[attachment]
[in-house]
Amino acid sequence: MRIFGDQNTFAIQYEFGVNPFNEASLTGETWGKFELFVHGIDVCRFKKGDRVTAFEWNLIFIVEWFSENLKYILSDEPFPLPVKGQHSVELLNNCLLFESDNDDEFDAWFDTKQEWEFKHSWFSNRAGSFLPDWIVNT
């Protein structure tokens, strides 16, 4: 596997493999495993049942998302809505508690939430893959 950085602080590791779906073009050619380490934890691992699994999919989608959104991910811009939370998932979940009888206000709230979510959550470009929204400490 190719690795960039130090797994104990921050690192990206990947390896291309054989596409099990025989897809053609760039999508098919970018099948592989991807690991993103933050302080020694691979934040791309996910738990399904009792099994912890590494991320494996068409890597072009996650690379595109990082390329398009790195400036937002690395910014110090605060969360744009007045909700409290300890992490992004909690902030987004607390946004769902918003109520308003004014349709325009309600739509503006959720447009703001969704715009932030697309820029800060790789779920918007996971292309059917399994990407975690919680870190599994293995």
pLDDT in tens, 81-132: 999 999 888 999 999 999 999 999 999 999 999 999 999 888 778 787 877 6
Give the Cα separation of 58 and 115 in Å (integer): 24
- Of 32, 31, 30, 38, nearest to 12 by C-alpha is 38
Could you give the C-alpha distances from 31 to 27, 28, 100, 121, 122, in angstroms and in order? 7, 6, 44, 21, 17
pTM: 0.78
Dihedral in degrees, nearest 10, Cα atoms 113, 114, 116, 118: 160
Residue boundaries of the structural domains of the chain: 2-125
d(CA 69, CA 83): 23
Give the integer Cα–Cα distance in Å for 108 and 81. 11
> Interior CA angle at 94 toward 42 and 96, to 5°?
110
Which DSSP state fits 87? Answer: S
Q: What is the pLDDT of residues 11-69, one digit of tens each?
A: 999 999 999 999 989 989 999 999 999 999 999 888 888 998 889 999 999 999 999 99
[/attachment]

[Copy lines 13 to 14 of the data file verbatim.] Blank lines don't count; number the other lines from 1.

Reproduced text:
> Interior CA angle at 94 toward 42 and 96, to 5°?
110